I’ve been having a jolly good musical nostalia wallow for the past month or so, having finally acquired the entire Bauhaus collection on compact disc. I remember when the stuff first came out on vinyl, way back in the day, that it was a real obsessive chore to get your hands on all the singles and b-sides and whatnots. Not so these days: they’ve put most of the non-LP releases on the CD’s as bonus tracks. Which was nice when it came to buying them, but I guess on the other hand it means all those old, hard-to-find vinyl singles I’ve been hoarding aren’t as valuable as I thought they might be.

Bauhaus’ debut album, In the Flat Field, (not my favorite at the time, mind you) becomes unspeakably good with the addition of all the key early singles except for “Bela Lugosi’s Dead.” “Dark Entries,” “Crowds,” “Rosegarden Funeral of Sores” and “Terror Couple Kill Colonel” are some of the best things they ever recorded. Mask has probably fallen a little bit in my estimation, rehearing it all these years later. “Passion of Lovers” and “Kick in the Eye” remain exceptional and strong, but some of the other tracks seem thin to me now. The Sky’s Gone Out was (and remains) my favorite, one of the most intense, evocative records ever made. Nice to have “Ziggy Stardust” and the single version of “Spirit” tacked onto the end (among other things). Burning from the Inside, on the other hand, remains their weakest point, an obviously transitional disc as Daniel Ash and David J attempted to step out from behind Peter Murphy’s shadow. I love “Antonin Artaud” and “King Volcano” and “Slice of Life,” but I can pretty much let the rest of the album go. “She’s in Parties,” while one of their more popular tunes, has always been kinda boring to me: it seemed they’d really started to act like the hashed-out goths who were inspired by them by that point, instead of chanelling Iggy Pop and David Bowie and T. Rex through a heroin-fueled after-punk filter as they’d done on the earlier discs.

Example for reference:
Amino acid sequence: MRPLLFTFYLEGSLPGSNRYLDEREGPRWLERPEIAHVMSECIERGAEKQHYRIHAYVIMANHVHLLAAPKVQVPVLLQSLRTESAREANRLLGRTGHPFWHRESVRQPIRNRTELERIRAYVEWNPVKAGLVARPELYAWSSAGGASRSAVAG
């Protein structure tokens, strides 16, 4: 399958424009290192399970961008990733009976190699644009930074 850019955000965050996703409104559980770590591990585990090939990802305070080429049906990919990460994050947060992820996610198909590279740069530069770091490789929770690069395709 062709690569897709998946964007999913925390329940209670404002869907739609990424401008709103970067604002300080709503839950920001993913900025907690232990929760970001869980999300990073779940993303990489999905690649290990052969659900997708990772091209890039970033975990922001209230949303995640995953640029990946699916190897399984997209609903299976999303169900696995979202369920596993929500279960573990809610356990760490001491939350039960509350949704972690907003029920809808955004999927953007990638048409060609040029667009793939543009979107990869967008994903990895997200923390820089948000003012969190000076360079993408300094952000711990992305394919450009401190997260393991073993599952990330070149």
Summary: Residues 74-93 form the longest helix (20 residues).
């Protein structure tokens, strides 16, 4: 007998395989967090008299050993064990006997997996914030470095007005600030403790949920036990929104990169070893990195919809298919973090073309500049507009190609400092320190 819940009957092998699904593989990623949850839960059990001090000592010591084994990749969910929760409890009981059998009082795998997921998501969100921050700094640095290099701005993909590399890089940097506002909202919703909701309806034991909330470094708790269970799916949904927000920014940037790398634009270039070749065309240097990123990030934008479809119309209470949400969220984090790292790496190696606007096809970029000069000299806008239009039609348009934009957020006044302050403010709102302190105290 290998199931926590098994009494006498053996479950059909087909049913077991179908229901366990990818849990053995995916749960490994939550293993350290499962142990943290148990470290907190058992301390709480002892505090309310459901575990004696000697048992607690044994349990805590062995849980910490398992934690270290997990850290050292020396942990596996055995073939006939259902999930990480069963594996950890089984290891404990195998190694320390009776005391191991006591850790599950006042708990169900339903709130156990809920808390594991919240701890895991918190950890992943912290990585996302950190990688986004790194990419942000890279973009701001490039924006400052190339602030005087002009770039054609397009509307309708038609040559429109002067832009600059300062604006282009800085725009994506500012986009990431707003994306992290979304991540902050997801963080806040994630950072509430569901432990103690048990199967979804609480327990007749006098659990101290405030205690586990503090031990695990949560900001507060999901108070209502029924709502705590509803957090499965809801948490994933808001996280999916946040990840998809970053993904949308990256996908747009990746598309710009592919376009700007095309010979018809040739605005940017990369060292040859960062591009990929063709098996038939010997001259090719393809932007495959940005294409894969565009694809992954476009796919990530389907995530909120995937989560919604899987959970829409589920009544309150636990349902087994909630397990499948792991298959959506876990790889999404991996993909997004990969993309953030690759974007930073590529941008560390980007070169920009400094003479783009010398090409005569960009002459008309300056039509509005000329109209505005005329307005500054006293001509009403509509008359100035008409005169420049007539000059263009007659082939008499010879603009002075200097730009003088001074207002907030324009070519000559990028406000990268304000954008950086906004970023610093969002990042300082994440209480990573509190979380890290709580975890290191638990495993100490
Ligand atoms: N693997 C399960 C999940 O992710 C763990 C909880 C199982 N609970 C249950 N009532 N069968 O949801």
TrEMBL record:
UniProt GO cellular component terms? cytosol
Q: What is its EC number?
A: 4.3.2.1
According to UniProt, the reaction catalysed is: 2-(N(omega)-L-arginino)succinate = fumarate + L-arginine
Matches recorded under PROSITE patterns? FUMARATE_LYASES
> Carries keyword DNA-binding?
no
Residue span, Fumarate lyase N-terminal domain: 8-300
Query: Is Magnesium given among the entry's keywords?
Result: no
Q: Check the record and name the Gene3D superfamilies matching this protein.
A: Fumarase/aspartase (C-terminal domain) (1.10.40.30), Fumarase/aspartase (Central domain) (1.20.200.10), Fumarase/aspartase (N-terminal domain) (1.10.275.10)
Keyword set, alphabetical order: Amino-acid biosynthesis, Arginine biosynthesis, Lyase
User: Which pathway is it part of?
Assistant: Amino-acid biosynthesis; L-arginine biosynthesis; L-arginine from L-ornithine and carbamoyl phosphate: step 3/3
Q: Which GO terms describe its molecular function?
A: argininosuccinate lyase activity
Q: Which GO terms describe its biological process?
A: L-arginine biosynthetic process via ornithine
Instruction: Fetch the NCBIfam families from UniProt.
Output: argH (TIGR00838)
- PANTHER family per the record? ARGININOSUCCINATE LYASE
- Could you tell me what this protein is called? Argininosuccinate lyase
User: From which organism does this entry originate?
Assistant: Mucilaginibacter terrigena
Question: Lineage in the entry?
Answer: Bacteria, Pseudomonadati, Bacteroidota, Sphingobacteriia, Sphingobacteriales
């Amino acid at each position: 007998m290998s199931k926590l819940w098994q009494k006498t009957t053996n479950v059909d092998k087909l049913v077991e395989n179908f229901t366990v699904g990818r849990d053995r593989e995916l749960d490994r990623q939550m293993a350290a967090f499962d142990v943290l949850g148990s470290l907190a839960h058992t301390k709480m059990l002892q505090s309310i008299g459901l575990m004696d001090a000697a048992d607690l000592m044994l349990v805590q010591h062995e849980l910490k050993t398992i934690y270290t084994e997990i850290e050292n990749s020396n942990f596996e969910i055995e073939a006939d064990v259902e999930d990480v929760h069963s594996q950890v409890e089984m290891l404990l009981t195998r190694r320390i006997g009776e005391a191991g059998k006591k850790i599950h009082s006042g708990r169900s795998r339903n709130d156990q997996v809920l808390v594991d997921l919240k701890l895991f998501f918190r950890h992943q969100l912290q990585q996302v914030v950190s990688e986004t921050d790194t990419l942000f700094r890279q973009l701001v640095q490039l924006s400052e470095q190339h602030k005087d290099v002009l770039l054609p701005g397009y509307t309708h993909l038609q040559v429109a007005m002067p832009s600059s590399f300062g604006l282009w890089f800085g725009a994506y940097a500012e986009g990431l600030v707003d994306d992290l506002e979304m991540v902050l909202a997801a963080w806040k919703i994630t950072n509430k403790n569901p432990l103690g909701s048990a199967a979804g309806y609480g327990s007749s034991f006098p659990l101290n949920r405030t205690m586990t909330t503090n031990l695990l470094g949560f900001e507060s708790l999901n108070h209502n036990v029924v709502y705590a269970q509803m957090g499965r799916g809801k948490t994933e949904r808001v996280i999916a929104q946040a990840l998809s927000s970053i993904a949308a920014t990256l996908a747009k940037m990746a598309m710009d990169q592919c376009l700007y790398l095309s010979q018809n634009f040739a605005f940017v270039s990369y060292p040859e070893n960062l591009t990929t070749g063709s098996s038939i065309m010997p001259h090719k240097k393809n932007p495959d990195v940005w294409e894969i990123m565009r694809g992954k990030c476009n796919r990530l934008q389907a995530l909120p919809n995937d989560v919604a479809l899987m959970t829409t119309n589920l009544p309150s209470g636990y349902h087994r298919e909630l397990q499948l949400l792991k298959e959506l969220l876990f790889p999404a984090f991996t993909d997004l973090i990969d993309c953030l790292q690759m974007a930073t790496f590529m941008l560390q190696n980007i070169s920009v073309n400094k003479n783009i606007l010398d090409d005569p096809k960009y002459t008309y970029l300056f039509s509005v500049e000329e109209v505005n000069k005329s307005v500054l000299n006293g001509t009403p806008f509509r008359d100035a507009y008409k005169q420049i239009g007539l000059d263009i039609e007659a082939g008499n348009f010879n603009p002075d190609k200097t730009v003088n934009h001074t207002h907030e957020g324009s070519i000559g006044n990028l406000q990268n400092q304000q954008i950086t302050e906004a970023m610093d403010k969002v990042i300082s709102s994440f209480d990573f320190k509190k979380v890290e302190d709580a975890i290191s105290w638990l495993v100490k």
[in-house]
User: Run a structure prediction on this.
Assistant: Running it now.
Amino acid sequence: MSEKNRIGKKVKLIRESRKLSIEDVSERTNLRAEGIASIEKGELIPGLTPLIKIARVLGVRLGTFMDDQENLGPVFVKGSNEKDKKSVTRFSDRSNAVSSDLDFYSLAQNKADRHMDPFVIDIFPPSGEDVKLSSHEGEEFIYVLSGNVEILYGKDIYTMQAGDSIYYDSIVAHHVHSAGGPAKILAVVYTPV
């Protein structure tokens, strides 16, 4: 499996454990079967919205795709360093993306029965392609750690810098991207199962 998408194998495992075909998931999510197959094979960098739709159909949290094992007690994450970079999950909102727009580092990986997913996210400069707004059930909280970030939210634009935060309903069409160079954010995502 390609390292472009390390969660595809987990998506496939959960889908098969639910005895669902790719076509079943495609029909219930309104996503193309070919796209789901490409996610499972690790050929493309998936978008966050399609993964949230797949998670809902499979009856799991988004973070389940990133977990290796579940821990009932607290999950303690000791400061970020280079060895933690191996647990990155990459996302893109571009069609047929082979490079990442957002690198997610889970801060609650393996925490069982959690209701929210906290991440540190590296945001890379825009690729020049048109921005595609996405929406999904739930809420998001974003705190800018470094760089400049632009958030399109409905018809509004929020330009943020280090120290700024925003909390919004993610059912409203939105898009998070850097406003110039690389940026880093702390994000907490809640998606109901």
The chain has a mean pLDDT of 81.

I also got the DVD of the reunion tour, called Gotham, and was very impressed at how well they pulled off the material 15 years after ending their work together. It kind of proved that the whole is definitely greater than the sum of the parts in Bauhaus: while I love Tones on Tail, really like Love and Rockets, enjoy David J’s solo discs, and am lukewarm toward Daniel Ash and Peter Murphy’s solos, when they all get together, big sparks, man, hair-raising stuff.

And to all you smug teenaged goth-lite types smirking at someone my age enjoying stuff like this: I was playing it and getting weird looks from my friends when it really meant something to listen to stuff like this back in the late ’70s and early ’80s. I can remember people being particularly offended when I played “The Sky’s Gone Out,” which was a strikingly dark and dismal and despairing record for its day, when the radio was filled with the classics of early ’80s synth pop and cheery post-New Wave pap. Bauhaus was scary then, and it felt truly menacing to listen to them alone in a dark room, late at night when the haints and boogers came out to play.

Fall Back

It was “fall back” weekend a coupla days ago, seguing us into my least favorite time of the year: the point between “fall back” and the winter solstice, when the days are getting shorter and it’s dark as soon as (or before) you get home from work. After December 21, even though the winter has lots of horrors yet to heap upon us, at least you know that you’re picking up an extra few minutes of sunlight each day. Of course, this has far less bearing on me here than it did when I worked at a government facility in Schenectady in what was essentially an underground office: during the day, if we wanted to see the sun, we had to walk out of our office into a main hallway and look up through the skylights. That was definitely the land of potted mushrooms stewing away in darkness, getting paler and fatter as the days got shorter and colder. Personally, I’m all in favor of any movement that puts us on Daylight Savings Time and leaves us there all year.